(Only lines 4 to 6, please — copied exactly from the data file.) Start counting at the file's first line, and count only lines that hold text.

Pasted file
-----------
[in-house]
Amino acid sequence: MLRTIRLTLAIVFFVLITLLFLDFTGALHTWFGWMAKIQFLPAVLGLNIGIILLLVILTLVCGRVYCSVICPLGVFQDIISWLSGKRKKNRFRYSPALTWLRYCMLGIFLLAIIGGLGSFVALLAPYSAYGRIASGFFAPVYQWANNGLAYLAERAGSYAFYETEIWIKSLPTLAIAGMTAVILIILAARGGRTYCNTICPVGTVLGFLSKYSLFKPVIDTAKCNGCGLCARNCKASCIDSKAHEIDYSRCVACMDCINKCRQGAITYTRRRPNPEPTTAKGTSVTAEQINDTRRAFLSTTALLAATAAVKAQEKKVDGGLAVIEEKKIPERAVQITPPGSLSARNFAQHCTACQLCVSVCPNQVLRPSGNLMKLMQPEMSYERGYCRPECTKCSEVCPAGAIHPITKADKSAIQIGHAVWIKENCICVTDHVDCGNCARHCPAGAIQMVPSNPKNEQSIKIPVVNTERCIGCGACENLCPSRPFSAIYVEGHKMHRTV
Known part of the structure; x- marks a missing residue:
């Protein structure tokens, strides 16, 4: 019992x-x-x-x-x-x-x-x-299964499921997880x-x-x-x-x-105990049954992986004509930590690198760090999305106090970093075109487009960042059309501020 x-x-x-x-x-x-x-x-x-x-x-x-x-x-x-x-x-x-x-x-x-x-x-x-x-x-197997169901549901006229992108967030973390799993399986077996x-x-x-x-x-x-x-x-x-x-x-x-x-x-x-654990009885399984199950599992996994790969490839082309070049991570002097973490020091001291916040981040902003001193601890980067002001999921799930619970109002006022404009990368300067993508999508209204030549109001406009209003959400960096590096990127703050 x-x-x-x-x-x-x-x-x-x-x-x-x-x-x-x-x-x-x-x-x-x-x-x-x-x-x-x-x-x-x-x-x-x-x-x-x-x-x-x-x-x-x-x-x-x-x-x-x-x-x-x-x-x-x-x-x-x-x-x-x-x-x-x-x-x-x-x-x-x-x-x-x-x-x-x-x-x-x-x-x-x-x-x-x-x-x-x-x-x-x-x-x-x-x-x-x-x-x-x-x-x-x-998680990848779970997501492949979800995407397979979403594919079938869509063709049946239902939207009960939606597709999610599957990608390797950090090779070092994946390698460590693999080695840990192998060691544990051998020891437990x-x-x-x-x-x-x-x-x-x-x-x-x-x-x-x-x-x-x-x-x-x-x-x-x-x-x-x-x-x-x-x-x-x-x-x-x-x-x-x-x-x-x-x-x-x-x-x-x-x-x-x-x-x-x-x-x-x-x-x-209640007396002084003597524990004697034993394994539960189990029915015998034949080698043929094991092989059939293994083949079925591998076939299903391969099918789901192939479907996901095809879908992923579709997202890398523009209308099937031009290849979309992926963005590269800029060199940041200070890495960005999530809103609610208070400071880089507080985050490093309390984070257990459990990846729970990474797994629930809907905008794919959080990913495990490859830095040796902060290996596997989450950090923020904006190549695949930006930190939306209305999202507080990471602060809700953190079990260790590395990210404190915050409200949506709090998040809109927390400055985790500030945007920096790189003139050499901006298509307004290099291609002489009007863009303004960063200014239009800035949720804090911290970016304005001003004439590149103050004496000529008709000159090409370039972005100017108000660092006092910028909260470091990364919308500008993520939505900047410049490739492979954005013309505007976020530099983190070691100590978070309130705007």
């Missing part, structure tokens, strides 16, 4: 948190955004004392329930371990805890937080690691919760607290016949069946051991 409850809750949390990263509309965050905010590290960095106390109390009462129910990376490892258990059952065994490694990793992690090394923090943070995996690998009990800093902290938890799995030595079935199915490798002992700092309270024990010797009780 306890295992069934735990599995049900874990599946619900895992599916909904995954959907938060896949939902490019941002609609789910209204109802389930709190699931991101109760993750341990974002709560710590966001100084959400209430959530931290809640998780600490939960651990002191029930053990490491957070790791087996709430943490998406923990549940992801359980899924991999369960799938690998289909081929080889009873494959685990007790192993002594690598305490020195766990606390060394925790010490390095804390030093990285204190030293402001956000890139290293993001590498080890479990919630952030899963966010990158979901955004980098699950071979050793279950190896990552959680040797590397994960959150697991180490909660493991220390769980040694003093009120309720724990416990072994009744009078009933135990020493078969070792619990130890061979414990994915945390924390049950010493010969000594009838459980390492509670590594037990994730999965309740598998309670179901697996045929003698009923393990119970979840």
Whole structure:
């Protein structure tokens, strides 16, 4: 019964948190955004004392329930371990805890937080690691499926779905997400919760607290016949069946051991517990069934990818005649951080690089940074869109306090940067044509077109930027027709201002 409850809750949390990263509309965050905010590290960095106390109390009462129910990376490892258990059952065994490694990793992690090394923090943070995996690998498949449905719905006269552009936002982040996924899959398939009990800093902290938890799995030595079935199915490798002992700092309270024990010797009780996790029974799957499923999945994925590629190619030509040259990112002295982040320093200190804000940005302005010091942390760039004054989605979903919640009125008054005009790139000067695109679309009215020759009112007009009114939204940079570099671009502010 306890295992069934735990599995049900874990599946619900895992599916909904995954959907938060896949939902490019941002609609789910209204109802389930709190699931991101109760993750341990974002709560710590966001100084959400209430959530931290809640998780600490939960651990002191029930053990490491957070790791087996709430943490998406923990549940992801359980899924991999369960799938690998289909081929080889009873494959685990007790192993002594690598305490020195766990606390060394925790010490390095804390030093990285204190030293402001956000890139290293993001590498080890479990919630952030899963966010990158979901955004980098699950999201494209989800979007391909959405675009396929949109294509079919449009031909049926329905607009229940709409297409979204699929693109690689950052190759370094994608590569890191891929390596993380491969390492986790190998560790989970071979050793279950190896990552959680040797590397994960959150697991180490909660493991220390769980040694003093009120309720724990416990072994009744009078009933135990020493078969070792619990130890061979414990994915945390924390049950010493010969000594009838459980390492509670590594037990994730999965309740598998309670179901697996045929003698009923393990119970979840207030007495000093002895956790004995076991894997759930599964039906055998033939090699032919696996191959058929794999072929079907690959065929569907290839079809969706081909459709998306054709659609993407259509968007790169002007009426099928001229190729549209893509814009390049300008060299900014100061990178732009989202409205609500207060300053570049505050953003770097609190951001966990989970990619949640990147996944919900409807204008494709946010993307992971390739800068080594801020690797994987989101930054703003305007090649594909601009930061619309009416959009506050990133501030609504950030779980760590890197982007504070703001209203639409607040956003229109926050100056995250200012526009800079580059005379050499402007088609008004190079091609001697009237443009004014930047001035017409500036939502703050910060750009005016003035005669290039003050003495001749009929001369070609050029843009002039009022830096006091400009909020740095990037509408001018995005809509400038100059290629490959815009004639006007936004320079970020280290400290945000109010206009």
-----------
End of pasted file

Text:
């Protein structure tokens, strides 16, 4: 019992x-x-x-x-x-x-x-x-299964499921997880x-x-x-x-x-105990049954992986004509930590690198760090999305106090970093075109487009960042059309501020 x-x-x-x-x-x-x-x-x-x-x-x-x-x-x-x-x-x-x-x-x-x-x-x-x-x-197997169901549901006229992108967030973390799993399986077996x-x-x-x-x-x-x-x-x-x-x-x-x-x-x-654990009885399984199950599992996994790969490839082309070049991570002097973490020091001291916040981040902003001193601890980067002001999921799930619970109002006022404009990368300067993508999508209204030549109001406009209003959400960096590096990127703050 x-x-x-x-x-x-x-x-x-x-x-x-x-x-x-x-x-x-x-x-x-x-x-x-x-x-x-x-x-x-x-x-x-x-x-x-x-x-x-x-x-x-x-x-x-x-x-x-x-x-x-x-x-x-x-x-x-x-x-x-x-x-x-x-x-x-x-x-x-x-x-x-x-x-x-x-x-x-x-x-x-x-x-x-x-x-x-x-x-x-x-x-x-x-x-x-x-x-x-x-x-x-x-998680990848779970997501492949979800995407397979979403594919079938869509063709049946239902939207009960939606597709999610599957990608390797950090090779070092994946390698460590693999080695840990192998060691544990051998020891437990x-x-x-x-x-x-x-x-x-x-x-x-x-x-x-x-x-x-x-x-x-x-x-x-x-x-x-x-x-x-x-x-x-x-x-x-x-x-x-x-x-x-x-x-x-x-x-x-x-x-x-x-x-x-x-x-x-x-x-x-209640007396002084003597524990004697034993394994539960189990029915015998034949080698043929094991092989059939293994083949079925591998076939299903391969099918789901192939479907996901095809879908992923579709997202890398523009209308099937031009290849979309992926963005590269800029060199940041200070890495960005999530809103609610208070400071880089507080985050490093309390984070257990459990990846729970990474797994629930809907905008794919959080990913495990490859830095040796902060290996596997989450950090923020904006190549695949930006930190939306209305999202507080990471602060809700953190079990260790590395990210404190915050409200949506709090998040809109927390400055985790500030945007920096790189003139050499901006298509307004290099291609002489009007863009303004960063200014239009800035949720804090911290970016304005001003004439590149103050004496000529008709000159090409370039972005100017108000660092006092910028909260470091990364919308500008993520939505900047410049490739492979954005013309505007976020530099983190070691100590978070309130705007």
């Missing part, structure tokens, strides 16, 4: 948190955004004392329930371990805890937080690691919760607290016949069946051991 409850809750949390990263509309965050905010590290960095106390109390009462129910990376490892258990059952065994490694990793992690090394923090943070995996690998009990800093902290938890799995030595079935199915490798002992700092309270024990010797009780 306890295992069934735990599995049900874990599946619900895992599916909904995954959907938060896949939902490019941002609609789910209204109802389930709190699931991101109760993750341990974002709560710590966001100084959400209430959530931290809640998780600490939960651990002191029930053990490491957070790791087996709430943490998406923990549940992801359980899924991999369960799938690998289909081929080889009873494959685990007790192993002594690598305490020195766990606390060394925790010490390095804390030093990285204190030293402001956000890139290293993001590498080890479990919630952030899963966010990158979901955004980098699950071979050793279950190896990552959680040797590397994960959150697991180490909660493991220390769980040694003093009120309720724990416990072994009744009078009933135990020493078969070792619990130890061979414990994915945390924390049950010493010969000594009838459980390492509670590594037990994730999965309740598998309670179901697996045929003698009923393990119970979840």
Whole structure: